TV: We power payments in large vertical markets and marketplaces.

Our vertical market focus has been property rental which includes apartment rentals, vacation rentals, self-storage facilities and Homeowners’ Associations. Those markets alone represent a payments opportunity of over $600 billion. We also like the non-profit payments space and a few years ago acquired ParishPay, the largest online payment provider for the Catholic church. Because non-profit represents $450 billion in annual payments, we look to expand the platform to more charitable organizations. Overall, you may notice a theme in many of the markets that we target – they are markets where paper checks are the predominant form of payment.

LTP: 45% expected revenue growth in 2015 is great. What are the bigger plans for 2016?

TV: We are going to be adding several large marketplaces in 2016 and greatly enhancing our mobile offerings in our vertical markets. And because our international operations will make up a much greater percentage of our revenue, we expect to triple the number of employees in our Ireland office. Finally, we will also be expanding to Southeast Asia and Latin America.

LTP: Where do you think is the payments industry going? What do the trends look like for the next couple of years?

TV: Consumers now spend more time on their phones than on their computers. Payments are going mobile, whether it’s ApplePay, Samsung Pay, Visa Direct, MasterPass, QR codes, or Chase Pay.  While mobile payments may not happen as quickly as everyone would like at the POS, digital wallets certainly take the friction out of mobile on-line and in-app payments. We know that transactions convert at a much lower rate on mobile than on a laptop or desktop if the consumer has to type in their card information. All of these trends play in our favor as we typically go after markets where the paper check is the predominant form of payment. If we’ve locked in the merchant acquiring side, we benefit when online and mobile payments are easier to make.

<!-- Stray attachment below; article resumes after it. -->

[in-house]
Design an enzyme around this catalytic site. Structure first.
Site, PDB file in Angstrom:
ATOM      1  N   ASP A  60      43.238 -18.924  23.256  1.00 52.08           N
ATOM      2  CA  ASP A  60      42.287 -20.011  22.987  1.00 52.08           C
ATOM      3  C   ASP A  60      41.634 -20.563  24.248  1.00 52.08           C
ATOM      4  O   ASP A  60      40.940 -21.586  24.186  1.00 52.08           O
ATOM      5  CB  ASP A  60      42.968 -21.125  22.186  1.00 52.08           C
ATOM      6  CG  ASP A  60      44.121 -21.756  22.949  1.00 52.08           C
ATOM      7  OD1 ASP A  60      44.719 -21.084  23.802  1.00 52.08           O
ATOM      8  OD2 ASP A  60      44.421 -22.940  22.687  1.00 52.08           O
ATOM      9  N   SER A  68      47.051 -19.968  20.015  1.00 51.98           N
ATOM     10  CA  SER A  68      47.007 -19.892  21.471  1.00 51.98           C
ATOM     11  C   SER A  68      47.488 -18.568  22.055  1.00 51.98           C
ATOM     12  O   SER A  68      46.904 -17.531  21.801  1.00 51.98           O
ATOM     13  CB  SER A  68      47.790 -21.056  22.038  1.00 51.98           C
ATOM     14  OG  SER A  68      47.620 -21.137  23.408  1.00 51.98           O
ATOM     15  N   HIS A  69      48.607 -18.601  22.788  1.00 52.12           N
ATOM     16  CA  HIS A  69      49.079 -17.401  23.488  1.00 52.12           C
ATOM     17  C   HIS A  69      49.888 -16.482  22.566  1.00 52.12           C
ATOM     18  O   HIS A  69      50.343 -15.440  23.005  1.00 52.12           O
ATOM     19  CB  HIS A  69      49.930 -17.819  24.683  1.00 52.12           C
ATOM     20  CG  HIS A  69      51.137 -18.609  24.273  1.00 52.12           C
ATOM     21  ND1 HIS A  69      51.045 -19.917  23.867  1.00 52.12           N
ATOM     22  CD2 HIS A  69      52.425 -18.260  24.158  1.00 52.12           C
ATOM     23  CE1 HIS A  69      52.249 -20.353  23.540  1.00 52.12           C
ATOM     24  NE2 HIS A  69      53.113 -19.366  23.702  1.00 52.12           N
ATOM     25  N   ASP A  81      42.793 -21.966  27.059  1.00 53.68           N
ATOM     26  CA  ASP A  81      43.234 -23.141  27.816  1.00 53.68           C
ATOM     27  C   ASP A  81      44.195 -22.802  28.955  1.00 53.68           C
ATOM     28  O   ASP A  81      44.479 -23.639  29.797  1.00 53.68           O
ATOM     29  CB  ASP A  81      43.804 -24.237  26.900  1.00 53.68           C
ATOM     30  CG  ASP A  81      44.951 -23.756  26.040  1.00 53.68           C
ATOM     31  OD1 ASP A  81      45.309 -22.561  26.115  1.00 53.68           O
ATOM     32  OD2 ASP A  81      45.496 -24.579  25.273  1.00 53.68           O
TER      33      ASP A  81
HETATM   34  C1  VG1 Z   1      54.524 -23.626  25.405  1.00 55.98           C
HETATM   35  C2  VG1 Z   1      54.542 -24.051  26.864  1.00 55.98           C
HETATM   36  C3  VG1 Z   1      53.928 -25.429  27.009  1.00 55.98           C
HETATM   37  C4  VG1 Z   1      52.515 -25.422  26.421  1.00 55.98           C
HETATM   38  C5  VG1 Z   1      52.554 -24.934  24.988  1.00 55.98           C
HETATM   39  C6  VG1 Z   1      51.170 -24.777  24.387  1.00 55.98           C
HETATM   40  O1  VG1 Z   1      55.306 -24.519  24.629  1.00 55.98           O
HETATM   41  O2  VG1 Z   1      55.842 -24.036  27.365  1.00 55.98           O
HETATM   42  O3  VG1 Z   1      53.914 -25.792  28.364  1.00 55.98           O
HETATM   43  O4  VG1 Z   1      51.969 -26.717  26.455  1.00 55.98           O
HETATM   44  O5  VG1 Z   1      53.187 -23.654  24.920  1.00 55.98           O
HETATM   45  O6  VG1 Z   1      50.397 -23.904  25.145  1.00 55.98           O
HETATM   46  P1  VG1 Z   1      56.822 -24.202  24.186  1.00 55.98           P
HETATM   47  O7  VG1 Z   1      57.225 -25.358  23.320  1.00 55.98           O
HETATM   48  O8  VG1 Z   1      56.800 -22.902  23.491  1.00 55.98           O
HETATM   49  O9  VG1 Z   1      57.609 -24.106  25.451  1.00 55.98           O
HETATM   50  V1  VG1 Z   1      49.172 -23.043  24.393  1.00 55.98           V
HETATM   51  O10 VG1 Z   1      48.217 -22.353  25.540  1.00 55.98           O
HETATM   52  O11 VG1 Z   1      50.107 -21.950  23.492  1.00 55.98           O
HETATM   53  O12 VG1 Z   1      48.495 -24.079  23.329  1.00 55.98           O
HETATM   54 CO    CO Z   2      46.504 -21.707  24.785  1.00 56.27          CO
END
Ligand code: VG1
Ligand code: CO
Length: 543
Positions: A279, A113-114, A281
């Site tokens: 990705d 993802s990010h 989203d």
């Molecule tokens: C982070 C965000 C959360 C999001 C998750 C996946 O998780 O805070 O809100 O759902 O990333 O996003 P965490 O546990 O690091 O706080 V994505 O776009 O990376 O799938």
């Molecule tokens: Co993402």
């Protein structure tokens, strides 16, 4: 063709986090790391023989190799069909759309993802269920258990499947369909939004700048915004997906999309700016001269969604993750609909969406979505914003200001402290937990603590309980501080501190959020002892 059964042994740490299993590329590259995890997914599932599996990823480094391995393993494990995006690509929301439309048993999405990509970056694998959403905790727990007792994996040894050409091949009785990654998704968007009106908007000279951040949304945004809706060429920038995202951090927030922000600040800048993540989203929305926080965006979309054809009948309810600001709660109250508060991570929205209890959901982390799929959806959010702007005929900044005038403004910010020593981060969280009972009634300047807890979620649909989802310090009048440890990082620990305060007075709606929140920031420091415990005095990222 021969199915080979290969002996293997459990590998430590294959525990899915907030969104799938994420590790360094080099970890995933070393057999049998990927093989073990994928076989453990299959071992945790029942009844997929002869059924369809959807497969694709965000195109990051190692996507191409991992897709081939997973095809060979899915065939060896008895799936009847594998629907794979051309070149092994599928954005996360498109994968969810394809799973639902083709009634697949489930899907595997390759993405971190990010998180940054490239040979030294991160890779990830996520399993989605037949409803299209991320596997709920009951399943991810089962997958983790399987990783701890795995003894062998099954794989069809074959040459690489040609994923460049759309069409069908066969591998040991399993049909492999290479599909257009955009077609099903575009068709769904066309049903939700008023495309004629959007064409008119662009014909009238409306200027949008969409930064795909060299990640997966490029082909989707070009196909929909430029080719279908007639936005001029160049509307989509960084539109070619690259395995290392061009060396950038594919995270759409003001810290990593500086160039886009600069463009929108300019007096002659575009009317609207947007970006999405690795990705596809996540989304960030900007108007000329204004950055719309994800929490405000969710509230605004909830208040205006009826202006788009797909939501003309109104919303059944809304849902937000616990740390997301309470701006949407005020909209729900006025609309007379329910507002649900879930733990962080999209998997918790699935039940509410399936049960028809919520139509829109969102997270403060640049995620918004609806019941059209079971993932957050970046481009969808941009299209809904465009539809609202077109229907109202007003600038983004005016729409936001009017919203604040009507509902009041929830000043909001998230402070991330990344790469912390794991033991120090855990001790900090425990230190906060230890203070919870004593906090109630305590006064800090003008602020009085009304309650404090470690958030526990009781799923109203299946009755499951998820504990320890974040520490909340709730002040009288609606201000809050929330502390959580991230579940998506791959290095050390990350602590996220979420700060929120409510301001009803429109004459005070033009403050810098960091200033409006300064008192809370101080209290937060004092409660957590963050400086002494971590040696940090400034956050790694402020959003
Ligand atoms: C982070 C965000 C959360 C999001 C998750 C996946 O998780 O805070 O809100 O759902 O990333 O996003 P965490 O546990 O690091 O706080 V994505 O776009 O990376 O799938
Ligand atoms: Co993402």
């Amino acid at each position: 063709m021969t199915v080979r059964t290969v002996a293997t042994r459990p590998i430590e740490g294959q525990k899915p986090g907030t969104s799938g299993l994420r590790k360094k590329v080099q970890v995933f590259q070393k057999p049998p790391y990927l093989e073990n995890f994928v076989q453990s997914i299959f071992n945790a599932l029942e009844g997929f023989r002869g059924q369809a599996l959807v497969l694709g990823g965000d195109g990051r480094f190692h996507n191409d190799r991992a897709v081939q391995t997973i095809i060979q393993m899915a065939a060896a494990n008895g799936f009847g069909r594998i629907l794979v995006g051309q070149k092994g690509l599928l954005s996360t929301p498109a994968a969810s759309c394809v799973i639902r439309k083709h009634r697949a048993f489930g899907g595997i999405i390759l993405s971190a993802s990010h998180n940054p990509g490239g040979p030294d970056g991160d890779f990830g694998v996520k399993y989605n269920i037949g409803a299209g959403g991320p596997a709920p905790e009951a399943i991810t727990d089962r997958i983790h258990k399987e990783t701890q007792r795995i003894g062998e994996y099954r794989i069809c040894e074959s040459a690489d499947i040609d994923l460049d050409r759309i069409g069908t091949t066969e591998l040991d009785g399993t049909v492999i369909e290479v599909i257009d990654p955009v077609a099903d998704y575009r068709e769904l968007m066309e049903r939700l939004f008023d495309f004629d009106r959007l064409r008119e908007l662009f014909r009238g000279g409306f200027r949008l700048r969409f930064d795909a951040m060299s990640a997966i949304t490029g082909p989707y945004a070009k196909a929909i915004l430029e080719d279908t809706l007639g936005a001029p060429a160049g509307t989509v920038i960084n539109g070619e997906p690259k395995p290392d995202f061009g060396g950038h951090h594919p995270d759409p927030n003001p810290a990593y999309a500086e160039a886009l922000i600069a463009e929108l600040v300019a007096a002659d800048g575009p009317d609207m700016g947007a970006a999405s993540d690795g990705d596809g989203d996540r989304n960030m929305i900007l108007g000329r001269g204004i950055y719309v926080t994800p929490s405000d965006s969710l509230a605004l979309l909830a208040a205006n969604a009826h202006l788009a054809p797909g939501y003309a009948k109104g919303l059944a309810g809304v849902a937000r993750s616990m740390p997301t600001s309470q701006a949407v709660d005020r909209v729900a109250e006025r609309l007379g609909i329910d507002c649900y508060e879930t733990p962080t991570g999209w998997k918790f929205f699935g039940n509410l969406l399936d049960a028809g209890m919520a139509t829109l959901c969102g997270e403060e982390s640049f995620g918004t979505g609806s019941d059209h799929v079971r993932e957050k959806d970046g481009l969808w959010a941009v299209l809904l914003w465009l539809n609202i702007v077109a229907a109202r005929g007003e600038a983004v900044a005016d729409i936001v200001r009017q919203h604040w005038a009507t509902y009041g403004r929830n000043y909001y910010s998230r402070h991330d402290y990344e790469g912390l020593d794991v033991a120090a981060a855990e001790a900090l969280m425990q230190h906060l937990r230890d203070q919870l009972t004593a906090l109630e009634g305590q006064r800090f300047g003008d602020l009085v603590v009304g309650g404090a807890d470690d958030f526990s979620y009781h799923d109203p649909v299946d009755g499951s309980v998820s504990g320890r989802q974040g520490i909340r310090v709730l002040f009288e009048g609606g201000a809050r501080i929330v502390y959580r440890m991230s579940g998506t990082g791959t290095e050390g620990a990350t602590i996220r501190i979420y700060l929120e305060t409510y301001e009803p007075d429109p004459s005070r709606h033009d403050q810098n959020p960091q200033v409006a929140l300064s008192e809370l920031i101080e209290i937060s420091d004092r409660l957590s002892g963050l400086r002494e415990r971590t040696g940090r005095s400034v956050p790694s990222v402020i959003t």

LTP: How have you been investing the $60 million debt financing from earlier this year?

TV: Most of the debt facility is not drawn down. It’s dry powder to invest in technology, marketing and acquisitions. We have grown from 130 people to over 300 in the last 2 years and we’re expecting to hire many more in 2016. It’s been one of the best environments to raise debt capital and it was an opportunity to secure low cost of capital, with almost no dilution to our shareholders.

LTP: In one of your other interviews, you said that Braintree sold too early. Why do you think so?

TV: Braintree was a very successful outcome for their investors and it’s continued to do well for PayPal. If you look at Stripe’s recent $5 billion valuation and healthy valuations for payment companies at scale, it’s fair to say that Braintree would be worth much more today as a stand-alone. If you were at Money20/20, you would have seen hundreds of companies in this space and many of them are just features and will never get to billions of dollars in processing volume like we have.  You need scale to survive.   

LTP: What do you think about accepting bitcoin as a payment method?

TV: We’re not considering bitcoin as a payment method. Yet, I think there are some interesting things to do around the blockchain technology behind bitcoin in terms of helping reduce risk and transaction costs as well as facilitating cross-border payments.

 LTP: Is there one area that Yapstone needs to improve on? What keeps you up at night?

TV: Data security is the number one concern of every payment executive that I know and it keeps us up at night. It’s our top priority.